Distinct patterns of evolution between respiratory syncytial virus subgroups A and B from New Zealand isolates collected over thirty-seven years

Matheson, James W., Rich, Fenella J., Cohet, Catherine, Grimwood, Keith, Huang, Q. Sue, Penny, David, Hendy, Michael D. and Kirman, Joanna R. (2006) Distinct patterns of evolution between respiratory syncytial virus subgroups A and B from New Zealand isolates collected over thirty-seven years. Journal of Medical Virology, 78 10: 1354-1364. doi:10.1002/jmv.20702


Author Matheson, James W.
Rich, Fenella J.
Cohet, Catherine
Grimwood, Keith
Huang, Q. Sue
Penny, David
Hendy, Michael D.
Kirman, Joanna R.
Title Distinct patterns of evolution between respiratory syncytial virus subgroups A and B from New Zealand isolates collected over thirty-seven years
Journal name Journal of Medical Virology   Check publisher's open access policy
ISSN 0146-6615
1096-9071
Publication date 2006-10
Sub-type Article (original research)
DOI 10.1002/jmv.20702
Volume 78
Issue 10
Start page 1354
End page 1364
Total pages 11
Place of publication New York, U. S. A.
Publisher Wiley-Liss
Language eng
Subject 1108 Medical Microbiology
Formatted abstract
Respiratory syncytial virus (RSV) is the most important cause of viral lower respiratory tract infections in infants and children worldwide. In New Zealand, infants with RSV disease are hospitalized at a higher rate than other industrialized countries, without a proportionate increase in known risk factors. The molecular epidemiology of RSV in New Zealand has never been described. Therefore, we analyzed viral attachment glycoprotein (G) gene sequences from 106 RSV subgroup A isolates collected in New Zealand between 1967 and 2003, and 38 subgroup B viruses collected between 1984 and 2004. Subgroup A and B sequences were aligned separately, and compared to sequences of viruses isolated from other countries during a similar period. Genotyping and clustering analyses showed RSV in New Zealand is similar and temporally related to viruses found in other countries. By quantifying temporal clustering, we found subgroup B viruses clustered more strongly than subgroup A viruses. RSV B sequences displayed more variability in stop codon usage and predicted protein length, and had a higher degree of predicted O-glycosylation site changes than RSV A. The mutation rate calculated for the RSV B G gene was significantly higher than for RSV A. Together, these data reveal that RSV subgroups exhibit different patterns of evolution, with subgroup B viruses evolving faster than A.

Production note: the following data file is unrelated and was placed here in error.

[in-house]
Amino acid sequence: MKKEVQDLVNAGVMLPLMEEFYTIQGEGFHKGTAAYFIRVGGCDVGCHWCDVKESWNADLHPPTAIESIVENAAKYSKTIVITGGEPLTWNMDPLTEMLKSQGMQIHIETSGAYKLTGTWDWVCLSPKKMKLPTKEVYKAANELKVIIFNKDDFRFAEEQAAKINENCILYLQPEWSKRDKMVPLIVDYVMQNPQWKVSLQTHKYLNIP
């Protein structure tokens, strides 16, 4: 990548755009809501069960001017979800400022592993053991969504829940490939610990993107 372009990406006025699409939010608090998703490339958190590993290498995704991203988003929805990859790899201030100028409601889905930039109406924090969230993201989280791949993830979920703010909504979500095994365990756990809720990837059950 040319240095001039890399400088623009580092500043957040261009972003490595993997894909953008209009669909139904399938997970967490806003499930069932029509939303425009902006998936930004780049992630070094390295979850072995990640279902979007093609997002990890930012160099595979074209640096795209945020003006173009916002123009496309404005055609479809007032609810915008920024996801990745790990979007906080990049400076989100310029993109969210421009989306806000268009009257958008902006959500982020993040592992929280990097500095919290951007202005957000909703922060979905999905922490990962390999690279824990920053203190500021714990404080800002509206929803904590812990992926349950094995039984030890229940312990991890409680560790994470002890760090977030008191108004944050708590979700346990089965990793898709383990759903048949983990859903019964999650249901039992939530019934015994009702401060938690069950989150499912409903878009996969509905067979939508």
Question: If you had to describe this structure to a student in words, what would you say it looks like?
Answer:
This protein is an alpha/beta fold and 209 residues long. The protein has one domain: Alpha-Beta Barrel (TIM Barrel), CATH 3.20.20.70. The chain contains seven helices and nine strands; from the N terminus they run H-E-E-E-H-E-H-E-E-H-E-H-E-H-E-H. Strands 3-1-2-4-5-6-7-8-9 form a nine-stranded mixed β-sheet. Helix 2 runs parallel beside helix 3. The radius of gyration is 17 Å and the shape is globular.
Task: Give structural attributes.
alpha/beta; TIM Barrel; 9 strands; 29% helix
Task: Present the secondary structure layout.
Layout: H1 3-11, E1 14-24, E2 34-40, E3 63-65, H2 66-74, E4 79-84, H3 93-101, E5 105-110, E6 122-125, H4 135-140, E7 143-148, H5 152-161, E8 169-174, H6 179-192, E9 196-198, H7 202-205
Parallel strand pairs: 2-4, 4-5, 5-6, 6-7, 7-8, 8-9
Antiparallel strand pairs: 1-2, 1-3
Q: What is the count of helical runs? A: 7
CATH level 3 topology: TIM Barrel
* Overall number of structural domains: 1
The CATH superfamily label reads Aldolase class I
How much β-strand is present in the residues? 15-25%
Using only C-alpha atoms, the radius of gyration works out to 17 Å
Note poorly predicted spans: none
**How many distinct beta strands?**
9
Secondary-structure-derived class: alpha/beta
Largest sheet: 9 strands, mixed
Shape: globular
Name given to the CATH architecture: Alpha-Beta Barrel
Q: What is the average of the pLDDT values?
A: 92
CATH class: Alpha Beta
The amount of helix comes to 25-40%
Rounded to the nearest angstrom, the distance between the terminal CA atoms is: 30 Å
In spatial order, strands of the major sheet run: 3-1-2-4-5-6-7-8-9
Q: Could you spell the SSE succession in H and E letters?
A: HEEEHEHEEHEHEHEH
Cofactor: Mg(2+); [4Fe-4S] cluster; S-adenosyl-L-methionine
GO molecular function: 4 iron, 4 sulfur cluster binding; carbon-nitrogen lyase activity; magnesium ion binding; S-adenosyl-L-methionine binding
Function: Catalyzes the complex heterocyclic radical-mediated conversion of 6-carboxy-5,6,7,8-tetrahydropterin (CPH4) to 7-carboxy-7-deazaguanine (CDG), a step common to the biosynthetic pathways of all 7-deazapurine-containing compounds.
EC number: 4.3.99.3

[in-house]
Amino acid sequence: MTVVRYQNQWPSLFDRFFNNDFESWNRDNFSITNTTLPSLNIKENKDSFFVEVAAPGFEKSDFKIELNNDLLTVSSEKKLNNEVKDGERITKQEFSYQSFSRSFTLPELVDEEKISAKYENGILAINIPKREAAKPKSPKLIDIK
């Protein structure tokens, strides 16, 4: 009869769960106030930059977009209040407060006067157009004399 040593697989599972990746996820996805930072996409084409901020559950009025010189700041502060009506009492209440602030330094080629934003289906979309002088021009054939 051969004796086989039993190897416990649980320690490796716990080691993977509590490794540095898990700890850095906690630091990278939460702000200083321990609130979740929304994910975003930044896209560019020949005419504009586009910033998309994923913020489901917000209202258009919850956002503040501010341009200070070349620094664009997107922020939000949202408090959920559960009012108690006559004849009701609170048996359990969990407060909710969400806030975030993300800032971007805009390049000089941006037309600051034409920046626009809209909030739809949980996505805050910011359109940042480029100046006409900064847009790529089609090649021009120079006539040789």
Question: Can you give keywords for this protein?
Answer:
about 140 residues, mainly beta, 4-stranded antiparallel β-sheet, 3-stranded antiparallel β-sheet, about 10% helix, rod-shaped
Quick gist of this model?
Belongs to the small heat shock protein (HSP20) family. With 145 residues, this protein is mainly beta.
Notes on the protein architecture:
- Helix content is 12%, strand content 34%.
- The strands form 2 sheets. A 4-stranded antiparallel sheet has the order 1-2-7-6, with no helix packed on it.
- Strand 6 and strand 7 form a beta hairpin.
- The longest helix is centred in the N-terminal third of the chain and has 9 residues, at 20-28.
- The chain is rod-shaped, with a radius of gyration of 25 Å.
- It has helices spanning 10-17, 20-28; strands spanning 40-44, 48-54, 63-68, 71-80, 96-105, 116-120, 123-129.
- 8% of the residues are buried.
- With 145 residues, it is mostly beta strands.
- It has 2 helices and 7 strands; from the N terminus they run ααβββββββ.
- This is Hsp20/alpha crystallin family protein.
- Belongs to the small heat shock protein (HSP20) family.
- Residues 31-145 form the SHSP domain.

© 2006 Wiley-Liss, Inc.
Keyword Molecular evolution
Attachment glycoprotein
Genotype
Mutation rate
Q-Index Code C1
Q-Index Status Provisional Code
Institutional Status Non-UQ

Document type: Journal Article
Sub-type: Article (original research)
Collections: Excellence in Research Australia (ERA) - Collection
School of Medicine Publications
 
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Created: Wed, 20 Jan 2010, 11:47:56 EST by Jon Swabey on behalf of Faculty Of Health Sciences